Prof. Whiteside : The students or postdocs who select to enter this program are very bright and highly motivated. It is a wonderful opportunity for them to entirely focus on research and evaluate their potential for a research career. The challenge is to take advantage of as many opportunities for collaboration and interaction with other researchers as possible. I find that most of the participants are very interactive and tend to do too many things. So, the challenge is to keep them focused on the project they are funded to perform.
TCR: Out of the broad spectrum of medicine, why are you particularly interested in pathology and immunology? And what would be your advice to young investigators to further develop and grow in the field?
Prof. Whiteside : I am a cancer immunologist dedicated to studies of immune therapy of cancer. My special interest and expertise are in tumor immune escape. I have identified and worked with several different mechanisms of tumor escape and the challenges of discovery and clinical significance of these discoveries drive my desire to work harder and better. Currently, tumor-derived exosomes are my passion!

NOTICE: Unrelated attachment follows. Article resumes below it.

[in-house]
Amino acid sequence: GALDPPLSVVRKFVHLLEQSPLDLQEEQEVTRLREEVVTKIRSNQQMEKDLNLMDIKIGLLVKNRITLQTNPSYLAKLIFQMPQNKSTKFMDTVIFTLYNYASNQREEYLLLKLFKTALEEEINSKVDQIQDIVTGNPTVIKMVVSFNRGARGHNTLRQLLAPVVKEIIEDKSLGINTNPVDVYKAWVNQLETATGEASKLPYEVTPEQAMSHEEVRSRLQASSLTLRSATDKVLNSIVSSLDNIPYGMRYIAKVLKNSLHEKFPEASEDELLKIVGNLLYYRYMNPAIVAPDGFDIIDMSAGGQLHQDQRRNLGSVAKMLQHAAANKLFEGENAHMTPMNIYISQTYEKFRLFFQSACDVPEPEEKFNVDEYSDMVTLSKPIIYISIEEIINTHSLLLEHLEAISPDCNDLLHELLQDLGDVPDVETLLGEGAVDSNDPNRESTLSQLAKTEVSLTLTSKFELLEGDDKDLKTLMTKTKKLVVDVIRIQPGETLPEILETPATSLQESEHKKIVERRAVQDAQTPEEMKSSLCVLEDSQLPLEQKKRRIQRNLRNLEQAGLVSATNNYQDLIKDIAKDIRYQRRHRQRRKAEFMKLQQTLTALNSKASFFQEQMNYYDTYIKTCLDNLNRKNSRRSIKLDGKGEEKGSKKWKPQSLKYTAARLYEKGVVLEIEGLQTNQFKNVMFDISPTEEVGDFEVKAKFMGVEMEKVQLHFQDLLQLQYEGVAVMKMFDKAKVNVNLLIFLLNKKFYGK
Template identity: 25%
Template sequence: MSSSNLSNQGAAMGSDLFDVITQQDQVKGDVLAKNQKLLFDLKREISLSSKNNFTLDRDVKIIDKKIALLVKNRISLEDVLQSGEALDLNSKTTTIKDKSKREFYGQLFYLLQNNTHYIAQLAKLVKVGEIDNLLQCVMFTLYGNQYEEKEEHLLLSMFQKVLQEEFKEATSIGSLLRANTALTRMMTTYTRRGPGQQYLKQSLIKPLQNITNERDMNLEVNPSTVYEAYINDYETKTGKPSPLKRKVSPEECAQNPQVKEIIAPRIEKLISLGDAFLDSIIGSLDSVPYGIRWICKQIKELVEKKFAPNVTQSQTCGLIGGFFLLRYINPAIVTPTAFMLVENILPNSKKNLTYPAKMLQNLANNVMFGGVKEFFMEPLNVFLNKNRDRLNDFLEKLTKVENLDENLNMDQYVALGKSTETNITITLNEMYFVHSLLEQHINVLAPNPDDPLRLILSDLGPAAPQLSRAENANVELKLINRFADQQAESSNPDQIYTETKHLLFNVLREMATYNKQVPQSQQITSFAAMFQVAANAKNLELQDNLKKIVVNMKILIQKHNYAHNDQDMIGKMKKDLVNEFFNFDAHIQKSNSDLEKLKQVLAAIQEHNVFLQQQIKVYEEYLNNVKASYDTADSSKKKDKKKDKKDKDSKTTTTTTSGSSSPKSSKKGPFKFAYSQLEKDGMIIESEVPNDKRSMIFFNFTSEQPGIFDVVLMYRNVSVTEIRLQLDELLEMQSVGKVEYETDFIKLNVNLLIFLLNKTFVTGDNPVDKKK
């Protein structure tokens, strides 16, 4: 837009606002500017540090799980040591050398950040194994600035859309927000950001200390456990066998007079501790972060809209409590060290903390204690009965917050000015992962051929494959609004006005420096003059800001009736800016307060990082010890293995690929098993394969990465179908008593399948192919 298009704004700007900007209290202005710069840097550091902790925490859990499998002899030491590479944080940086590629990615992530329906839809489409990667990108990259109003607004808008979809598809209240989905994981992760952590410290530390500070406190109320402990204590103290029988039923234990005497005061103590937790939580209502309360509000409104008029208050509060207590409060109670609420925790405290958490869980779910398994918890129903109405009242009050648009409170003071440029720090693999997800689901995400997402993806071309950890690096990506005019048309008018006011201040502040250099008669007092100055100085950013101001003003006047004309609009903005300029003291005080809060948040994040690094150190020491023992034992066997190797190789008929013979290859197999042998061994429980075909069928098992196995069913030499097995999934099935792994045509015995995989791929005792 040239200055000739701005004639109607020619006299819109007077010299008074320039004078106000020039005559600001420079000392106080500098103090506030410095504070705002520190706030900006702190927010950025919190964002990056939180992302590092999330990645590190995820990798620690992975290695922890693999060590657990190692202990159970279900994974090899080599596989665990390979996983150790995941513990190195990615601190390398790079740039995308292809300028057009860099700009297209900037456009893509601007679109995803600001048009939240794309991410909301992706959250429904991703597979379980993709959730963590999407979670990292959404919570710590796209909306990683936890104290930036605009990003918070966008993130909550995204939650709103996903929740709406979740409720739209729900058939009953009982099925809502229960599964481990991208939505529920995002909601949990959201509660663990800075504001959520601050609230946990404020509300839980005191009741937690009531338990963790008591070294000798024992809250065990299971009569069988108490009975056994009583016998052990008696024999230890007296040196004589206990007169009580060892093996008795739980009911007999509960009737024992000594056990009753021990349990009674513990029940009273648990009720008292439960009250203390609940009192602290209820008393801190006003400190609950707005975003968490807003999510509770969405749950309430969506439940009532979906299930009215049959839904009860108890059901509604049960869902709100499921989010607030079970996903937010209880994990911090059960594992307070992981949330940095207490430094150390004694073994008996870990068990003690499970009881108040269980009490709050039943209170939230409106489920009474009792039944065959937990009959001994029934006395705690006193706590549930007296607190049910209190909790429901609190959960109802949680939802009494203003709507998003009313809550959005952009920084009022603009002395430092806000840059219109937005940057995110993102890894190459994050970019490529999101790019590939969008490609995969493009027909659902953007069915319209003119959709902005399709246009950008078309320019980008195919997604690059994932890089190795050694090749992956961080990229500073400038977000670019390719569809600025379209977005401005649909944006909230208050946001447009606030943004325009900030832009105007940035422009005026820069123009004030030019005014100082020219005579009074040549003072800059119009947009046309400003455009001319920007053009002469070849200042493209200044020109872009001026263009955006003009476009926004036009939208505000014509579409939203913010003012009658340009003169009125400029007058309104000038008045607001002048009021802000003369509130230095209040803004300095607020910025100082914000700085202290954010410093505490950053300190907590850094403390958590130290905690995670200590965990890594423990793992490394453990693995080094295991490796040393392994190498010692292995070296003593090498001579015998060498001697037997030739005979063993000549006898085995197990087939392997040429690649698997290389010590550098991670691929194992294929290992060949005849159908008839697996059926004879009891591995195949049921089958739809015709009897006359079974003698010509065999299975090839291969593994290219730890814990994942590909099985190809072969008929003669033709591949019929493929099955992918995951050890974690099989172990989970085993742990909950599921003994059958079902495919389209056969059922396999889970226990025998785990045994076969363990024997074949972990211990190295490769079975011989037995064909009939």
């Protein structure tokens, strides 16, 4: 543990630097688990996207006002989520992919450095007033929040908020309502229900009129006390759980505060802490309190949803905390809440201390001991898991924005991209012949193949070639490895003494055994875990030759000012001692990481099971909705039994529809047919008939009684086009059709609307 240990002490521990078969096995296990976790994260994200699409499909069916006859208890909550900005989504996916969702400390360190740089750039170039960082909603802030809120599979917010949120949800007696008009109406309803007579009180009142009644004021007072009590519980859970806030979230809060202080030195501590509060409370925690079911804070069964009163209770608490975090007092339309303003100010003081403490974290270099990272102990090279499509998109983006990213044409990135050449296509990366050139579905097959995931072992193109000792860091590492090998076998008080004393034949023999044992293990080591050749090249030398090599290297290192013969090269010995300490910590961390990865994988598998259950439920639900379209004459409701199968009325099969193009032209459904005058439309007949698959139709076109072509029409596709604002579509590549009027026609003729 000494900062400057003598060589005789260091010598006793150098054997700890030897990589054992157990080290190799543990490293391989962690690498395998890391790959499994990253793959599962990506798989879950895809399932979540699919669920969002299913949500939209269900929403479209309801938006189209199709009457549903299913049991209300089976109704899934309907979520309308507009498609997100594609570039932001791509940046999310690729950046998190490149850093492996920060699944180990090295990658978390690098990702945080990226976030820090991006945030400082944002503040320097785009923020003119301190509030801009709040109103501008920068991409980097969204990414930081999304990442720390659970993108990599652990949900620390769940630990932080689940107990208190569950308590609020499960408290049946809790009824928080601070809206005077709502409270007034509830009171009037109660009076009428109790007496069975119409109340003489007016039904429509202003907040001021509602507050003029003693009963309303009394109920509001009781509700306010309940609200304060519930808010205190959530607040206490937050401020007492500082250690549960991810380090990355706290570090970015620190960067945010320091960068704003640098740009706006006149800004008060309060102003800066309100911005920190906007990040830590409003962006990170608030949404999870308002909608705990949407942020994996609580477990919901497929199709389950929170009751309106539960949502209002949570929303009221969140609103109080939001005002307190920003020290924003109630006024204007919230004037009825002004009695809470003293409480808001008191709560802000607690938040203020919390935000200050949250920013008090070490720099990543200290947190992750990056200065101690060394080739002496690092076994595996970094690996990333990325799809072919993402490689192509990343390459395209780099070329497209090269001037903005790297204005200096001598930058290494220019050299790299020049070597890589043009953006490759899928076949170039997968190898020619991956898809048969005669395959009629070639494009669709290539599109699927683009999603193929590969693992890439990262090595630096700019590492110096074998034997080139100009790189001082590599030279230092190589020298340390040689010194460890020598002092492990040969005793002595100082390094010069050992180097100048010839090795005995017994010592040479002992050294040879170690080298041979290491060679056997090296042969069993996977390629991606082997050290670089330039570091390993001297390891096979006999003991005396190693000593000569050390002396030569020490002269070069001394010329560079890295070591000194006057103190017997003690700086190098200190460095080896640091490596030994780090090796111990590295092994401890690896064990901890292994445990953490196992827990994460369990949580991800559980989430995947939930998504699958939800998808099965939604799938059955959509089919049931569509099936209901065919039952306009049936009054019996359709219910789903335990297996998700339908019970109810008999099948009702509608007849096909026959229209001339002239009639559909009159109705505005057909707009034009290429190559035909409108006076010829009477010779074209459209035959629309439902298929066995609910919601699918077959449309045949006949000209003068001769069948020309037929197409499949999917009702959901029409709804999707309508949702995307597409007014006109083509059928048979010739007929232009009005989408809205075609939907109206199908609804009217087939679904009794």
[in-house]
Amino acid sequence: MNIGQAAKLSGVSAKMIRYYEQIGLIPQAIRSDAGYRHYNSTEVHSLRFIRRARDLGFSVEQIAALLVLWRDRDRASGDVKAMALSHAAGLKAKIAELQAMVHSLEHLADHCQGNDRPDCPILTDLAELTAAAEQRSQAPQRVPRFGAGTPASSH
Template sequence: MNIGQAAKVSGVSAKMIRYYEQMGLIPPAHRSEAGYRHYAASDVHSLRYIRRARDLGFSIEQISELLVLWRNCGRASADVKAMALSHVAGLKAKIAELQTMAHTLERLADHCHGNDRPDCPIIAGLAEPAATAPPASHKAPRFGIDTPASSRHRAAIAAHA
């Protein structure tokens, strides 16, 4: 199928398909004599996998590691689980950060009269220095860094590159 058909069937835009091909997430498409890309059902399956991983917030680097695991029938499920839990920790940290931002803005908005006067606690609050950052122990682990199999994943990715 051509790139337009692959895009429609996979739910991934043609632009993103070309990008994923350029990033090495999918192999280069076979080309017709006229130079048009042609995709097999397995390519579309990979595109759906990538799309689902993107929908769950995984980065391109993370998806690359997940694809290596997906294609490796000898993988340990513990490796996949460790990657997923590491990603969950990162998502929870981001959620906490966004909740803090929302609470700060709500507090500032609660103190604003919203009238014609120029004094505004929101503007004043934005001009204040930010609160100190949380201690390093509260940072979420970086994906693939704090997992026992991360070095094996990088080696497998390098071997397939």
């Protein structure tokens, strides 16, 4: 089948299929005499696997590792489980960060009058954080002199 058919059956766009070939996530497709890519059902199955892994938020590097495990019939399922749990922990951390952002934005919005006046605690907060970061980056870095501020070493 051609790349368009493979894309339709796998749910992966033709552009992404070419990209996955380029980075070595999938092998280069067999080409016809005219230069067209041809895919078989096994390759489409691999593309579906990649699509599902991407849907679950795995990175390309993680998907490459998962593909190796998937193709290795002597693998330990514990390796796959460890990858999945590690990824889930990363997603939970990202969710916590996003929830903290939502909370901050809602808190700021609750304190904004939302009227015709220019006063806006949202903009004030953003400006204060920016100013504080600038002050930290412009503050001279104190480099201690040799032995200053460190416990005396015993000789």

Having taught students and mentored young investigators for years, my advice to them would be: Choose what you want to do and why (the choices are always many and varied). Test your hypothesis as best you can and if you believe that you are correct stay with it even if initially no one believes you. Hard work, creativity and perseverance always win.
We would like to express our sincerest gratitude to Prof. Theresa L. Whiteside for sharing her insights and opinions with us.
Conflicts of Interest: The author has no conflicts of interest to declare.
(Science Editor: Brad Li, TCR, email@example.com)